General English

General Science

  • adjective referring to practical or scientific work


  • adjective referring to influences inside a market, e.g. volumes traded and forecasts based on market analysis, as opposed to external factors such as oil-price rises, wars, etc.


  • adjective referring to the mechanical, electrical, hydraulic or pneumatic systems of an aircraft


  • adjective referring to a particular machine or process


  • adjective referring to a specific legal point, using a strictly legal interpretation


  • adjective relating to instruments, machinery, radios, weapons, etc.


  • adjective referring to a small point of procedure or of law

Origin & History of “technical”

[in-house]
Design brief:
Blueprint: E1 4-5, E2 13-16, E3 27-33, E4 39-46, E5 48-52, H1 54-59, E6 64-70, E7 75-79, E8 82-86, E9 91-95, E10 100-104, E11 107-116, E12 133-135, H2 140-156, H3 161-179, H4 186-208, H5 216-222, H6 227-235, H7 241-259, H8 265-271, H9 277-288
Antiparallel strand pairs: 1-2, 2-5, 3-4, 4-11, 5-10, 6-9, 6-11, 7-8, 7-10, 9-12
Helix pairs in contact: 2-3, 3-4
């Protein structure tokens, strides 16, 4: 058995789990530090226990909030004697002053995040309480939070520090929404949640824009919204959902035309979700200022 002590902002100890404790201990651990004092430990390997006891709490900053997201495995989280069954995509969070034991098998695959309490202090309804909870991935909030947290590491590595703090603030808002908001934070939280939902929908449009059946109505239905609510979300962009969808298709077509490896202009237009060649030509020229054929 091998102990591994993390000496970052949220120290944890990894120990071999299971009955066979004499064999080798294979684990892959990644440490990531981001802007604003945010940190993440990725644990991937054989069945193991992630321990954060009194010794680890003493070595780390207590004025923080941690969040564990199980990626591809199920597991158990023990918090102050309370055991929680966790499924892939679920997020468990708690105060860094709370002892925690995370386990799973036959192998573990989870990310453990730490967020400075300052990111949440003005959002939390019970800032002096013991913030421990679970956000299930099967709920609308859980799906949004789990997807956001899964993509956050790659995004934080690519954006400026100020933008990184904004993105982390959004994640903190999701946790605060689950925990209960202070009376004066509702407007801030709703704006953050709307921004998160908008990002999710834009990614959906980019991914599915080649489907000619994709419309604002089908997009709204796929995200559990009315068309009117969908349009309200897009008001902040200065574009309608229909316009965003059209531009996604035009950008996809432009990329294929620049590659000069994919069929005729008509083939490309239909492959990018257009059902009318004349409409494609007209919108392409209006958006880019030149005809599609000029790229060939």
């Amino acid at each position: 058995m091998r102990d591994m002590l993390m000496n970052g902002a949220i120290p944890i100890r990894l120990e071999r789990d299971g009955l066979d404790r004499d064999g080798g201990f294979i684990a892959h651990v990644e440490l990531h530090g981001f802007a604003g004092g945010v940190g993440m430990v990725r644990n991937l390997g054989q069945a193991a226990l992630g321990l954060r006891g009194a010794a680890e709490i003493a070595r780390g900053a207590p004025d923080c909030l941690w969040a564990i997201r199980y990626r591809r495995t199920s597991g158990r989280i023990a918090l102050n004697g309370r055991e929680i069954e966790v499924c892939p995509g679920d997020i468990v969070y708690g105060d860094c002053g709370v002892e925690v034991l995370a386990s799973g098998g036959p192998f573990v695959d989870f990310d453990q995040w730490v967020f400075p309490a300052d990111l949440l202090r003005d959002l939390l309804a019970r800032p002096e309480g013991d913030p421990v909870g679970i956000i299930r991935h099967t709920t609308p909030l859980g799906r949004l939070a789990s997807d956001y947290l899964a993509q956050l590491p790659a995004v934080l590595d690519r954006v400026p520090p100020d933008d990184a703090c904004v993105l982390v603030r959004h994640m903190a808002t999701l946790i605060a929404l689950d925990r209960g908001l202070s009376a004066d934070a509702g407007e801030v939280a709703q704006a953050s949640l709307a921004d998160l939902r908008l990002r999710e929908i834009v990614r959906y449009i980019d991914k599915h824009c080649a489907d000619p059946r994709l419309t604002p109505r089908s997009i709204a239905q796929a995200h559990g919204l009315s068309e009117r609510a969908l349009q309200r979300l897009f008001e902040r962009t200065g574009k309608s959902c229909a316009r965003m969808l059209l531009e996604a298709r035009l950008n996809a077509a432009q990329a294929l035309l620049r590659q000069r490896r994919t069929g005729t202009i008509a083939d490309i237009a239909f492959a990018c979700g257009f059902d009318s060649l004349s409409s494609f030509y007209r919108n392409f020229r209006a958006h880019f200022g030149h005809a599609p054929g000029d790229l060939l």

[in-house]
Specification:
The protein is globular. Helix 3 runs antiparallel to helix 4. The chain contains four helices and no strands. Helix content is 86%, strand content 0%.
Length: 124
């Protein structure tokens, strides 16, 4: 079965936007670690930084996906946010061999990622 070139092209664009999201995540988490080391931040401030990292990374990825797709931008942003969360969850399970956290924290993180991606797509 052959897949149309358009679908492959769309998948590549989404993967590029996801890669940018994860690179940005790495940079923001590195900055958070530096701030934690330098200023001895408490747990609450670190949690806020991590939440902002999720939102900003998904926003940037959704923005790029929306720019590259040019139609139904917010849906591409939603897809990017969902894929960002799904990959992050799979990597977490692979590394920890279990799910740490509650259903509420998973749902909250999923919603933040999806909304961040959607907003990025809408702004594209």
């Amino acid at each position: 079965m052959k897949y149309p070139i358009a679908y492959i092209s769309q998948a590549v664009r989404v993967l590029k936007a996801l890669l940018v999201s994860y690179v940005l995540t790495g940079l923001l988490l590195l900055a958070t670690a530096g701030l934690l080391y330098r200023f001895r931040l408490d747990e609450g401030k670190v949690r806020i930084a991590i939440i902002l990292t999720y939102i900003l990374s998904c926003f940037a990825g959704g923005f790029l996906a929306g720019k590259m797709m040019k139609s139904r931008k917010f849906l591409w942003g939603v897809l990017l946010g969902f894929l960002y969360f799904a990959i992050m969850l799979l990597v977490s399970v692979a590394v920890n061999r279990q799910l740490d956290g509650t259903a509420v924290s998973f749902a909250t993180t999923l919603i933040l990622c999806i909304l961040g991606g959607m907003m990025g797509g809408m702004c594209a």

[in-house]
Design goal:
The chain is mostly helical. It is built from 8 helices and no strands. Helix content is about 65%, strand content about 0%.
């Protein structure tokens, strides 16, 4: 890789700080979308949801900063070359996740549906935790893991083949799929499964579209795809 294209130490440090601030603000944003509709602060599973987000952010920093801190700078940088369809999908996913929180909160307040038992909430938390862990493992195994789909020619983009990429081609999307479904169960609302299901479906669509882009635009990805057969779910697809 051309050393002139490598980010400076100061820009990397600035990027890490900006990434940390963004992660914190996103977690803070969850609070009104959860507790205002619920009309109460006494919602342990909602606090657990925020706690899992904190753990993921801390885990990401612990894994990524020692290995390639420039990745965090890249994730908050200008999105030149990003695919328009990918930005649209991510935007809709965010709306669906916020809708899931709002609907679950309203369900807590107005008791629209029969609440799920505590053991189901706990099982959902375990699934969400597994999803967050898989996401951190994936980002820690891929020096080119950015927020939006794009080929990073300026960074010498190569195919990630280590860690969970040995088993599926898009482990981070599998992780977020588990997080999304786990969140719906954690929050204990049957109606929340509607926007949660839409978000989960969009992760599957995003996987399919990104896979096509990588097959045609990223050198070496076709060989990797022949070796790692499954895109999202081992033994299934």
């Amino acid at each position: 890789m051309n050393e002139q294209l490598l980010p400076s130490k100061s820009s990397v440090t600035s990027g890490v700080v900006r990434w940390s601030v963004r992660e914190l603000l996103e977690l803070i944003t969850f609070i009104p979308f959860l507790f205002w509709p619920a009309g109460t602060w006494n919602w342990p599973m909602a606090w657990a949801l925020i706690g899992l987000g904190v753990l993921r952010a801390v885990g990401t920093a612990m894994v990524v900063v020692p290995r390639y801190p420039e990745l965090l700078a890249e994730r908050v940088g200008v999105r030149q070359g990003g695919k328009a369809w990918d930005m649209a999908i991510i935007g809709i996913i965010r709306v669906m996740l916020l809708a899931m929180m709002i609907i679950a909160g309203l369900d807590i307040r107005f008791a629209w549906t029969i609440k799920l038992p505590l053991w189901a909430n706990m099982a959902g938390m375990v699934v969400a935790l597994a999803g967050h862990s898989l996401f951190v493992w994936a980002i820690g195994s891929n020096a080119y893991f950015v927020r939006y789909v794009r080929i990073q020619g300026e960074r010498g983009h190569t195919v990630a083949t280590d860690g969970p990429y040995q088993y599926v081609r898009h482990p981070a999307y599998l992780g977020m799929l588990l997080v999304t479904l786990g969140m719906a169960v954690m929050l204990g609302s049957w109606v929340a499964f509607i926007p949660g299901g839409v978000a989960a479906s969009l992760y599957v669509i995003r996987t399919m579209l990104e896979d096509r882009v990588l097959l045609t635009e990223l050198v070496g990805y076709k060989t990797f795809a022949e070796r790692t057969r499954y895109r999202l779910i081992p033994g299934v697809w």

Greek tékhnē denoted ‘skill, art, craft, trade’ (it may have come from the Indo-European base *tek- ‘shape, make’, which also produced Greek téktōn ‘carpenter, builder’, source of English architect and tectonic (17th c.)). From it was derived the adjective tekhnikós, which passed into English via Latin technicus as technic (now obsolete) and technical. Technique (19th c.) comes from a noun use of the French adjective technique ‘technical’. From the same source come technicolour (20th c.), based on the trademark Technicolor (registered in 1929), and technology (17th c.).